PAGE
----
Returning to the cost question: The previously planned and unavoidable, and very serious, deferred maintenance project on University Place, involving our major water sewer mains, cost just over $2 million. The final separate cost of turning University place into the Einhorn Walk, which made sense to do at the same time as the deferred maintenance project, was $4 million.
Of that $4 million, $2 million will come from philanthropy, of which $1 million has already been pledged and additional gifts are expected this year.
So the net cost to University funds of converting University Place to Einhorn Walk is expected to be $2 million dollars. I believe that was a good investment in the University Framework.
Diversity & Inclusion
I am grateful for the progress since Commencement on advancing diversity and inclusion at the University. Last week, I attended the last meeting of the Chancellor’s Workgroup on Diversity. I thanked them for their great work.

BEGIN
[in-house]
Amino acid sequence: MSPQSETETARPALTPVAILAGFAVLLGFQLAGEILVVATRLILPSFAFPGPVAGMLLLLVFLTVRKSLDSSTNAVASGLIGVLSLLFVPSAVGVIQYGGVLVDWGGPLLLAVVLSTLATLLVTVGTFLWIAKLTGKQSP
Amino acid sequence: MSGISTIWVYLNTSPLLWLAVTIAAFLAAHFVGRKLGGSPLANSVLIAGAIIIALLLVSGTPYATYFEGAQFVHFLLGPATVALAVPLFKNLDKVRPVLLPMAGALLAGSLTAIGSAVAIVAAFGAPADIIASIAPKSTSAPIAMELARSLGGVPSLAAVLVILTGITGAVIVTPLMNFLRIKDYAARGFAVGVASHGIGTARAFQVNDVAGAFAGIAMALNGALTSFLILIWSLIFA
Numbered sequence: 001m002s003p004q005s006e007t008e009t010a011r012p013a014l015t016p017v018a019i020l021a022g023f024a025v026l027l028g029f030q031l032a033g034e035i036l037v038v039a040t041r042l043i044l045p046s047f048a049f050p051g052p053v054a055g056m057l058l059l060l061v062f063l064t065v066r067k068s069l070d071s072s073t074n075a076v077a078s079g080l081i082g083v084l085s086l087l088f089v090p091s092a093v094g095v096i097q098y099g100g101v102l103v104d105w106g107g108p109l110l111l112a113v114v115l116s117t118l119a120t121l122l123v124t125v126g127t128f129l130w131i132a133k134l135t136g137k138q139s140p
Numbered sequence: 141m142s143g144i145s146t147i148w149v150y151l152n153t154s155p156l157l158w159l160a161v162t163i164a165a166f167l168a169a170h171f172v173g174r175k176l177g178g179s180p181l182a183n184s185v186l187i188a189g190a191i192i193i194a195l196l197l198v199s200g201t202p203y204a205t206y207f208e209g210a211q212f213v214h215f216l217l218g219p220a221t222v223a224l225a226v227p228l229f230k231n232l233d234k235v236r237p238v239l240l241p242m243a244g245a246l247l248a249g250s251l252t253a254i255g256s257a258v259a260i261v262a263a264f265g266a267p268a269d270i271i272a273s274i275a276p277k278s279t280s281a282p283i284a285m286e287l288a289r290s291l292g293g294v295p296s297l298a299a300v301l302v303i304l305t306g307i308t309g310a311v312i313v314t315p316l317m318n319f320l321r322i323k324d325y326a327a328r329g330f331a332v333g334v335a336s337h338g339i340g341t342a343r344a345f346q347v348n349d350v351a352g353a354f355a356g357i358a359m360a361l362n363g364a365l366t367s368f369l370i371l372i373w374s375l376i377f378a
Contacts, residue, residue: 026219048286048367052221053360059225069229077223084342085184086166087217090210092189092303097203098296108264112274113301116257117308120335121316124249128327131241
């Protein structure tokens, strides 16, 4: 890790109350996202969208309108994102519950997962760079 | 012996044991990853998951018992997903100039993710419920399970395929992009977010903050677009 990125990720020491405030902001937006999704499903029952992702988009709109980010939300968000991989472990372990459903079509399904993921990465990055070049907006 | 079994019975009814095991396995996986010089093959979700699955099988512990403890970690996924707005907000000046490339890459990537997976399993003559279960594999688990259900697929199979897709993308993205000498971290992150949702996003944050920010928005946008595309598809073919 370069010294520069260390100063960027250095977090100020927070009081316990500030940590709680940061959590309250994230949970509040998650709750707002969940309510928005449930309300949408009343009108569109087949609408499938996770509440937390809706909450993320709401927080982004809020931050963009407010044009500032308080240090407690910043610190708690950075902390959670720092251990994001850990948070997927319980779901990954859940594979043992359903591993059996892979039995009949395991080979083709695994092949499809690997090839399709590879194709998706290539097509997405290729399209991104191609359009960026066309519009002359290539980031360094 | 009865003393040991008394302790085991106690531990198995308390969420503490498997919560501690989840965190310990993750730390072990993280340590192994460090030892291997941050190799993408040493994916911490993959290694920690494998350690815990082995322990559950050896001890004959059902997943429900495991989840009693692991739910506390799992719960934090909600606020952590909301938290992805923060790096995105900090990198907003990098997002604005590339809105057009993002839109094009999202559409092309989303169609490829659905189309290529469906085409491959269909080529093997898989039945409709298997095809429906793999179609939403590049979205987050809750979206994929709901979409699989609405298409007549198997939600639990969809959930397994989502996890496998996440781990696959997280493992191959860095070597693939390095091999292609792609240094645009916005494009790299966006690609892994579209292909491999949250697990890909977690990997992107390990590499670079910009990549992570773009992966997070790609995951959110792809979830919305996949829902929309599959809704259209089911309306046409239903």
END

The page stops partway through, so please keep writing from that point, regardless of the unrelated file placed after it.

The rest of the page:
That work will be continued by the new Diversity and Inclusion Council. That council, which is the result of the Workgroup’s recommendations, is made up of 22 members (some of whom served on the Workgroup), including students, faculty and staff.
Many of the Workgroup’s 18 short-term recommendations have been implemented or initiated, including:
- For the first time on Monday, the University recognized Indigenous People’s Day.
- The Hendricks Chapel policy has been amended to ensure that all dedications and invocations at University events are nondenominational.
- An accessibility audit is underway, including inspection of all 9 million square feet of University buildings.